N e w a r k E v e n i n g N e w s : N o v e m b e r 1 2 , 1 9 5 2
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Nobel Award Is Criticized
College Says Co-Worker Should Get Mention
A protest has been lodged with the Nobel Committee for Medicine because it awarded its 1952 Nobel Prize to Dr. Selman A. Waksman of Rutgers University for his work in discovering streptomycin without mentioning Dr. Albert Schatz, codiscoverer of that antibiotic.
The protest was lodged by the administration and faculty of National Agricultural College of Doylestown, Pa., where Dr. Schatz is now a member of the faculty. The college expressed "surprise and shock that Dr. Waksman did not bring to the attention of the Nobel committee the fact which he had previously publicly acknowledged that Dr. Schatz is legally and scientifically entitled to credit as co-discoverer with himself of streptomycin."
The public acknowledgment by Dr. Waksman followed a suit in 1950 which Dr. Schatz brought against Dr. Waksman and the Rutgers Research and Endowment Foundation. In addition to acknowledging Dr. Schatz as being "legally and scientifically codiscover," the settlement gave Dr. Schatz $125,000 as a lump sum and $15,000 a year in royalties for the life of the American patent.
Note Earlier Action
The protest noted that Dr. Alexander Fleming, discoverer of penicillin, had shared the Nobel prize in 1945 with others who had pioneered in the practical application of that drug.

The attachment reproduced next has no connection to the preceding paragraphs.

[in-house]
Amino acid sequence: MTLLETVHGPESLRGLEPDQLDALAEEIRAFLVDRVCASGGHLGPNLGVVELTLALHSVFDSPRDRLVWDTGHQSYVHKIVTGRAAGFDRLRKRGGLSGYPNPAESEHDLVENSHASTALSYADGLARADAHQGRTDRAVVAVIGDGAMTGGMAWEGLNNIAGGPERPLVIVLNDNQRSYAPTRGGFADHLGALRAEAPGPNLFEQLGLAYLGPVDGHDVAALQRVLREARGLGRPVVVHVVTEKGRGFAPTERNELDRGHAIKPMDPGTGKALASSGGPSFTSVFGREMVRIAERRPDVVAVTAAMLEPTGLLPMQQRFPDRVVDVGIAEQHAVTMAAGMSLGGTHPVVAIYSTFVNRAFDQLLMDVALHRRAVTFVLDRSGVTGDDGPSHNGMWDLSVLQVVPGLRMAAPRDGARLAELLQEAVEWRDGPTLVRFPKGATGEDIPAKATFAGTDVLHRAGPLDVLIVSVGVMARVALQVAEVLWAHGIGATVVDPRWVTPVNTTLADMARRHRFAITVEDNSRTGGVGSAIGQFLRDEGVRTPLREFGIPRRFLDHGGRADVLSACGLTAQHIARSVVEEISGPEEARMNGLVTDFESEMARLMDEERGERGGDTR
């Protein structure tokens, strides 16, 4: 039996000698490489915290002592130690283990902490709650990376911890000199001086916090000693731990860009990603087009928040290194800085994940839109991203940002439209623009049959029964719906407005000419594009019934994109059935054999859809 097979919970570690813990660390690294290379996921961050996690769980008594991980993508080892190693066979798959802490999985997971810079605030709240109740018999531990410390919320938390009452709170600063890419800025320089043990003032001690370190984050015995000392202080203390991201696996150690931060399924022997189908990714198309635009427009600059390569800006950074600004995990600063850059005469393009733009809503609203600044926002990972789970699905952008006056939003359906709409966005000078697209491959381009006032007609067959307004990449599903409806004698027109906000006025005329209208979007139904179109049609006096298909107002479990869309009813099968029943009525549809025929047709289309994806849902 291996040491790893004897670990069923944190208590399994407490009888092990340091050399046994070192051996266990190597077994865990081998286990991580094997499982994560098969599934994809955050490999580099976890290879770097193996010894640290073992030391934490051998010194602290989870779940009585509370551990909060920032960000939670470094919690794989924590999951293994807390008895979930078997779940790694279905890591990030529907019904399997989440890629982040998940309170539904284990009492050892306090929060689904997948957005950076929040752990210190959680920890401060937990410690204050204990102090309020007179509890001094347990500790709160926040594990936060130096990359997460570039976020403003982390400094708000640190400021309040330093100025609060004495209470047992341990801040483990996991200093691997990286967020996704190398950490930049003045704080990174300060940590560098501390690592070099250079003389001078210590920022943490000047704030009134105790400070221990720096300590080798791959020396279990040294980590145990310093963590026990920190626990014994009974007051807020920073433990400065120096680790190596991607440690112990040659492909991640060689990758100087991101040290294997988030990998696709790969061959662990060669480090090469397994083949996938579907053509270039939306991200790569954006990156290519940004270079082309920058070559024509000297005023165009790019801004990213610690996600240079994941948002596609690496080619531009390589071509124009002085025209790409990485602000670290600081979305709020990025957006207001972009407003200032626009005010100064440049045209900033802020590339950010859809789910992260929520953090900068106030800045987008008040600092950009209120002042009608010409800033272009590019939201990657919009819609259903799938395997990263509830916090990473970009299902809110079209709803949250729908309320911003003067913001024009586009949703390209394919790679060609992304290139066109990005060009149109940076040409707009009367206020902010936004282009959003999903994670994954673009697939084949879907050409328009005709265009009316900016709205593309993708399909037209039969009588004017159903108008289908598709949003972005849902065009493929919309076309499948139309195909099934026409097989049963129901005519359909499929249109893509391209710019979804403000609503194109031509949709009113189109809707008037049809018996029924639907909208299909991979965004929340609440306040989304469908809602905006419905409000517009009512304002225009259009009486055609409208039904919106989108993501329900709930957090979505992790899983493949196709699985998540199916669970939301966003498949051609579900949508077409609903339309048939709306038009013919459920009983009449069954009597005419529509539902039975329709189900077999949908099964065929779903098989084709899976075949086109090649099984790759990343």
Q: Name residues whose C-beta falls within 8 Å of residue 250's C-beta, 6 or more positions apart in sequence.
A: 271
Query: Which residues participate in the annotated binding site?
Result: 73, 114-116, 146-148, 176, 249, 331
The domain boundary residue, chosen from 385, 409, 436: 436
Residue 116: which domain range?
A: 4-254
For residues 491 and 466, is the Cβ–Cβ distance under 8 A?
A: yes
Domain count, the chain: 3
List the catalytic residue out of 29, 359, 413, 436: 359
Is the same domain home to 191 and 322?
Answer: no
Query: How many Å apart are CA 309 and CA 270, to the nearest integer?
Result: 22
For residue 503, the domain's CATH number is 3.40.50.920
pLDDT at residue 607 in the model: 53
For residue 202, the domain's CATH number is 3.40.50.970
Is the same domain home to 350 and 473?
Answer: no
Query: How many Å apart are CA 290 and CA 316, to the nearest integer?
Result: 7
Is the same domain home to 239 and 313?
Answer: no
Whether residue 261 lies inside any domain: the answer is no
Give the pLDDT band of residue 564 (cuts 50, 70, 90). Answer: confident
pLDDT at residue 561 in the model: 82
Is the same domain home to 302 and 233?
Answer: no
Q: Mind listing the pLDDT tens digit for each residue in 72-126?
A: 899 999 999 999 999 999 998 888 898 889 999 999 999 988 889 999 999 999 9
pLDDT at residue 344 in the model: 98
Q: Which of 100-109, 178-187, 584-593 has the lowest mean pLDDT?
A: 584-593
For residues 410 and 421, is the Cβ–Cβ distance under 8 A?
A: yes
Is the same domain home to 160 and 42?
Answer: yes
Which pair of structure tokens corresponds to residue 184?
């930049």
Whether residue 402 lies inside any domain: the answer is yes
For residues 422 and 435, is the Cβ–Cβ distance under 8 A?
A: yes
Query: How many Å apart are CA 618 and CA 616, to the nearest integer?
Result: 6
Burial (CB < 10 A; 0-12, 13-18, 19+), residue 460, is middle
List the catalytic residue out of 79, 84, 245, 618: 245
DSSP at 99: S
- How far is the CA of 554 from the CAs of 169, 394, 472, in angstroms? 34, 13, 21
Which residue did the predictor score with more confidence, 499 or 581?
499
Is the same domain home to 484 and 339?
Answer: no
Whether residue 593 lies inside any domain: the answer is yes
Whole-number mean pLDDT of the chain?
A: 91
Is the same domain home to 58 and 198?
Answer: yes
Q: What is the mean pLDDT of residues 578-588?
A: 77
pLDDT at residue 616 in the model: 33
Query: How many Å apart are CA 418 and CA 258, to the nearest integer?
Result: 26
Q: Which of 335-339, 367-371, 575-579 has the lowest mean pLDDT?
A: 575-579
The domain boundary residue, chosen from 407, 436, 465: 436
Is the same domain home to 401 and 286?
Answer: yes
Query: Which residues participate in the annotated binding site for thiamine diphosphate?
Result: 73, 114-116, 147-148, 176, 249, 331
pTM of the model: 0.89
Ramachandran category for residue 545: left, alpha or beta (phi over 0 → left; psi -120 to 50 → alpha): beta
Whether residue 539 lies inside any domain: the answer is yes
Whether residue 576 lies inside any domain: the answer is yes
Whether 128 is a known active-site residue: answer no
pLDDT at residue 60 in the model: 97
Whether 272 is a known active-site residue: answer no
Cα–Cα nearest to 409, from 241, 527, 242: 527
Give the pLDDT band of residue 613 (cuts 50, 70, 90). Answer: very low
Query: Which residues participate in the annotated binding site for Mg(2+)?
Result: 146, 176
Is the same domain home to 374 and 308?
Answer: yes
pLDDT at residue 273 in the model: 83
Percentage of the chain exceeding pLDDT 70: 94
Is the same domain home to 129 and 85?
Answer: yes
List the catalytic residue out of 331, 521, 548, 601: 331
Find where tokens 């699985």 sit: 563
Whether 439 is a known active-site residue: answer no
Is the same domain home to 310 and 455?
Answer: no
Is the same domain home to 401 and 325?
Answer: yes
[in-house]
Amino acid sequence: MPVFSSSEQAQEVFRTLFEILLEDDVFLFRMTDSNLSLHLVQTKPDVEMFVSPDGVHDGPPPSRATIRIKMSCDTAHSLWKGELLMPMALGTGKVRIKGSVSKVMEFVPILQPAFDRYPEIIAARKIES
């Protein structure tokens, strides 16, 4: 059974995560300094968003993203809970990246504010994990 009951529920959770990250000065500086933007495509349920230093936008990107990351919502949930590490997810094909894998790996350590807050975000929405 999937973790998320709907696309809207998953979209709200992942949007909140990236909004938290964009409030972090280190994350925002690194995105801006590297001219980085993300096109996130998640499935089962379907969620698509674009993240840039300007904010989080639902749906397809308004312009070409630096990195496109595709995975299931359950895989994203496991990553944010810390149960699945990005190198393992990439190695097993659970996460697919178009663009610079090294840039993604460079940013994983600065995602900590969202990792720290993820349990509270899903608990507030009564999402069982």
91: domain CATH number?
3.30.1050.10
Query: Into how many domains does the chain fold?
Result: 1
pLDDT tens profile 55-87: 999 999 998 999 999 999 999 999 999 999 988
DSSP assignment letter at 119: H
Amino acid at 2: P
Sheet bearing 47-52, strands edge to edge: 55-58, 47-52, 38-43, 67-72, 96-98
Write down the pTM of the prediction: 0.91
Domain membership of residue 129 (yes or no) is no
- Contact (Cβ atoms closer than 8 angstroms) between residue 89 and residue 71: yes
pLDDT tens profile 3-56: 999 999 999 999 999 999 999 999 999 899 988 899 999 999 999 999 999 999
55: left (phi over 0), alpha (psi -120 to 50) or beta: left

Dr. Elmer S. Reinthaler, vice president of the agricultural college, said that the administration and faculty had sent an earlier protest October 29, without publicizing the protest here, but had received no reply. Both protests were sent to Professor Coran Liljestrand, secretary of the Nobel committee.
Dr. Reinthaler said that while no direct reply had been received, the Swedish press had carried statements by Nobel Foundation officials that awards are made solely on the basis of scientific publications and are not subject to review.
The second protest directed the attention of the prize committee to three articles in scientific publications in 1944 and 1945 in which Dr. Schatz and Dr. Waksman were named as coauthors and codiscoverers and which discussed streptomycin.
The second protest concluded:
"We think you will agree with us that mere procedural technicalities should not permit what would constitute a serious injustice to a scientist and conceal from the scientific and lay world the facts surrounding the discovery of streptomycin."